Philippe Bertrand French

On view at The Met Fifth Avenue in Gallery 548

Lucretia's suicide out of shame for her rape by Sextus Tarquinius—a self-sacrifice that led to the rebellion in Rome against the Tarquins— was frequendy depicted in prints and paintings, though less often in sculpture, from the sixteenth through the eighteenth century. In France during this period femmes fortes, powerful women from ancient history or myth, such as Lucretia, Cleopatra, and Dido, as well as from the Bible, such as Esther, Jael, and Judith, were popular paragons of virtue. This sculpture shares many characteristics of the morceaux de réception, works required of candidates for admission to the Académie Royale de la Peinture et de la Sculpture in Paris. About 1700 these showcases of the sculptor's talents tended to be highly dramatic, under-lifesize marble sculptures of classical subjects. Lucretia appears to be the figure that Bertrand, one of the talented generation of sculptors who participated in royal projects at Versailles, displayed at the Salon of 1704. Exceptionally, Bertrand submitted a bronze sculpture as his academy reception piece in 1701; possibly, he carved Lucretia in the manner of the morceaux de réception to demonstrate his talents in marble.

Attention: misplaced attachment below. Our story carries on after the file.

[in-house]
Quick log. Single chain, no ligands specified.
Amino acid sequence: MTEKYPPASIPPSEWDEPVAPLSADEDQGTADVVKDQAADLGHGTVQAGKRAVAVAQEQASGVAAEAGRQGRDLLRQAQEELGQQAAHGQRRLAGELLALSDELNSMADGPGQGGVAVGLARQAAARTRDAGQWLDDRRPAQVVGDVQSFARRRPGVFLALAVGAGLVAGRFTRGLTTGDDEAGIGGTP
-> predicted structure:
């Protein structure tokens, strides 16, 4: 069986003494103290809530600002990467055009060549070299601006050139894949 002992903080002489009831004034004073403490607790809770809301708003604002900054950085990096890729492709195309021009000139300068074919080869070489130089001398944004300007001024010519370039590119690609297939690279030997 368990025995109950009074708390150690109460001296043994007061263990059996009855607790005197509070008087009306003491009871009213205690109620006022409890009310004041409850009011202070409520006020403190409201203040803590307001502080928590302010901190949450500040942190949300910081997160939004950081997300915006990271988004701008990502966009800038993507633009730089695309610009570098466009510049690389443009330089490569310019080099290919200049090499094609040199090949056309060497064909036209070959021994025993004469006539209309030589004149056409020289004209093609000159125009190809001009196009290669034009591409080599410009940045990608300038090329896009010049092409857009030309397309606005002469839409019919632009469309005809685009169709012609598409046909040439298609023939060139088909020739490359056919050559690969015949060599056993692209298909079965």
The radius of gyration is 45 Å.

Lucretia, Philippe Bertrand (French, 1663–1724), Marble, French, probably Paris

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